The Three Pillars
The Sacred River Project is built upon Three Pillars of thought—Religious Naturalism, Allegoricalism, and Progressivism. These domains work together to inform our underlying beliefs, values, principles, methods, and aims. A significant part of this developing project is the ongoing integration of these orientations towards society, nature, religion, and self. None of these terms have precise definitions or a consensus on their scope or meaning, so we offer our own take on these ideas, with the understanding that all such examinations are perpetually in-process.
Religious Naturalism is a spiritual movement that, stated simply, offers a reverent orientation towards the natural world that is in harmony with reason and our expanding scientific understanding of the universe. More specifically, it denies the existence or necessity of the super-natural, including personal deities, non-corporeal intelligences, extra-terrestrial environments, or occult forces. At the same time, RN isn’t mere scientism—it recognizes the holistic, emergent nature of reality that is inherently unpredictable and creative. Further, even if we can agree that there exists an objective reality independent of human observation, that world is nevertheless experienced subjectively.
Religion arguably exists in order to address certain human needs, such as assuaging existential anxiety, maintaining a sense of purpose and agency, developing an understanding of the workings of the world, and feeling connected to others. At another level, it is possible to surmise that people often desire what can be called a religious experience, here defined as a profound and meaningful shift in perspective involving an embodied sensation and a resultant interpretation that is explicitly religious in nature. Stated more simply, religion can potentially provide a sense of meaningful profundity, a sense of deep significance and/or transcendence from normal states of being, involving a connection with, experience of, or insight into a perspective of reality that is normally outside of everyday awareness.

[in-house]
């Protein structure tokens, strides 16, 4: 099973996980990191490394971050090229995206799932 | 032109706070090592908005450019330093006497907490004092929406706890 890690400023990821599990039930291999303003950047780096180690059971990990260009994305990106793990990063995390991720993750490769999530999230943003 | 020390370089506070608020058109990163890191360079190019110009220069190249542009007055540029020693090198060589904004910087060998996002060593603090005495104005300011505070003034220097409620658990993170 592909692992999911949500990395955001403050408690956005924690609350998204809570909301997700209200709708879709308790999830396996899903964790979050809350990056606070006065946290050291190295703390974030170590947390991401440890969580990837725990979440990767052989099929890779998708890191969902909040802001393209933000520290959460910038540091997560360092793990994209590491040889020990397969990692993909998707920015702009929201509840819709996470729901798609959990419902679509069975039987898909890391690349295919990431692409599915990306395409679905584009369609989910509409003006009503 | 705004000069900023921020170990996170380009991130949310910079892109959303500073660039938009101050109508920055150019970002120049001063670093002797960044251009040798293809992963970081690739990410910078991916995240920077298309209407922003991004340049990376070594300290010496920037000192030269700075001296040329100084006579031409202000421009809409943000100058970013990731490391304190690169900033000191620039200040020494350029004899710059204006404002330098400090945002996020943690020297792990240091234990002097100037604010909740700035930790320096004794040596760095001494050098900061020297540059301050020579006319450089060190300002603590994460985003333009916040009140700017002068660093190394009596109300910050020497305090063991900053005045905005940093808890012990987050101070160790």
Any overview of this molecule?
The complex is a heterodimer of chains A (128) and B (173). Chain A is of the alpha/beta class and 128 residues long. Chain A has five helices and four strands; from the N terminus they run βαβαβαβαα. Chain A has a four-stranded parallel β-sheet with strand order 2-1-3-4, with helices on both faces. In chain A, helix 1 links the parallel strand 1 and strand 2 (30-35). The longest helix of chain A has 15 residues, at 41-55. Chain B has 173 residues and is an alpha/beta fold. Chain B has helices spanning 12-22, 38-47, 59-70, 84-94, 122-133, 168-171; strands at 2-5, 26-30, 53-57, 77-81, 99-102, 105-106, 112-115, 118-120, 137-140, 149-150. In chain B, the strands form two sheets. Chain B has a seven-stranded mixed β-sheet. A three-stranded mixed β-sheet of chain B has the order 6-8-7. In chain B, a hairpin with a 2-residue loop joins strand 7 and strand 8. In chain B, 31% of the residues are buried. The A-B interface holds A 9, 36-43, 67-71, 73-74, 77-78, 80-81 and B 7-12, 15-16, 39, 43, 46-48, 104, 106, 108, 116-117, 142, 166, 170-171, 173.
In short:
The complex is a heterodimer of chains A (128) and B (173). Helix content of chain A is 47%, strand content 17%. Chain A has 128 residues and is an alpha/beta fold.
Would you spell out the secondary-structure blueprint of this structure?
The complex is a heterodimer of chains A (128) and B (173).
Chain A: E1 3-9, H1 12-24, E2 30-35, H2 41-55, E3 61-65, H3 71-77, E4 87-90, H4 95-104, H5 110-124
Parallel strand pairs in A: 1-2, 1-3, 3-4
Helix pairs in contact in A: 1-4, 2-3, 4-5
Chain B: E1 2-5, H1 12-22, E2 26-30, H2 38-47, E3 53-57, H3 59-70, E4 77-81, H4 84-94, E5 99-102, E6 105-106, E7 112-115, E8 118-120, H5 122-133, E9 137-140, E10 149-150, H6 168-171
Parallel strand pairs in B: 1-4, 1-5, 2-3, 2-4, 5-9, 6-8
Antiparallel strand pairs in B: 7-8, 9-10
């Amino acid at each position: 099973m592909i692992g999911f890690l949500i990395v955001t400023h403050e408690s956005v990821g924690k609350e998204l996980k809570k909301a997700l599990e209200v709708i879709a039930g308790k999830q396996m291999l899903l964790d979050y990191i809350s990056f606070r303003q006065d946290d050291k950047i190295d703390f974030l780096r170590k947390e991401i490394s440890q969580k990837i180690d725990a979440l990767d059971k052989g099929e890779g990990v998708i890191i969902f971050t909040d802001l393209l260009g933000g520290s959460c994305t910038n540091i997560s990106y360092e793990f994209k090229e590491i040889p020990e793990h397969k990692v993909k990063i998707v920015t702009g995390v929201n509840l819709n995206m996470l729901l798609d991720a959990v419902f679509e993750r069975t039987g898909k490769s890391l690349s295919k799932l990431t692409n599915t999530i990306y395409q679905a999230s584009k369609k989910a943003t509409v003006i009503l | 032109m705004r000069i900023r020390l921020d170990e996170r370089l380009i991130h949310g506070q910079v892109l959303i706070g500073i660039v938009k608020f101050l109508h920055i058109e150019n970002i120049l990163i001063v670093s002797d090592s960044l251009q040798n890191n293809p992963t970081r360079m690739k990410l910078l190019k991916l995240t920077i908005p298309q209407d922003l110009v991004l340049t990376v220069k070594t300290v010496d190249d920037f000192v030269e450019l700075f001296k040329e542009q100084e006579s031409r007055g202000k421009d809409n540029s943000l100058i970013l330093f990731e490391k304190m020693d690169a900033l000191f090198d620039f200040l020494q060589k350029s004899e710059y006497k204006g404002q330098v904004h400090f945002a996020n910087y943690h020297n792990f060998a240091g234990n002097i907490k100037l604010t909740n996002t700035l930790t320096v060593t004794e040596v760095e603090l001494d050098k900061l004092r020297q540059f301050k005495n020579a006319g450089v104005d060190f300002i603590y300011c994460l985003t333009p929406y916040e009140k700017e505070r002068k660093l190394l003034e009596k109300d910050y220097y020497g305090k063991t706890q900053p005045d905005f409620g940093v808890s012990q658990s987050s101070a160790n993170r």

Religious Naturalism states that all of these needs, desires, and experiences can be had without the need for a belief in the supernatural. Nature, as well as we understand it, is fully worthy of awe, gratitude, and reverence. But more than that, we maintain that nature is all that is real. In other words, we are merely acknowledging that which is, without needing more. Part of this recognition involves our own place within the biospheric narrative, our emerging understanding of human nature and the infinite variety of potential human activity within the world.
Allegoricalism is a term that Sacred River has adopted to refer to symbolism that is explicitly religious. Much of the richness of any given religion lies in its collection of symbols, often expressed in creative form, such as stories, music, architecture, and painting. People often experience spiritual inspiration and even exaltation within such expressions, through observation, participation, and creation. Traditional religious objects—such as gods, sacred spaces, and holy artifacts—can also be viewed as symbols, potentially providing a sense of profundity and connection with the natural world.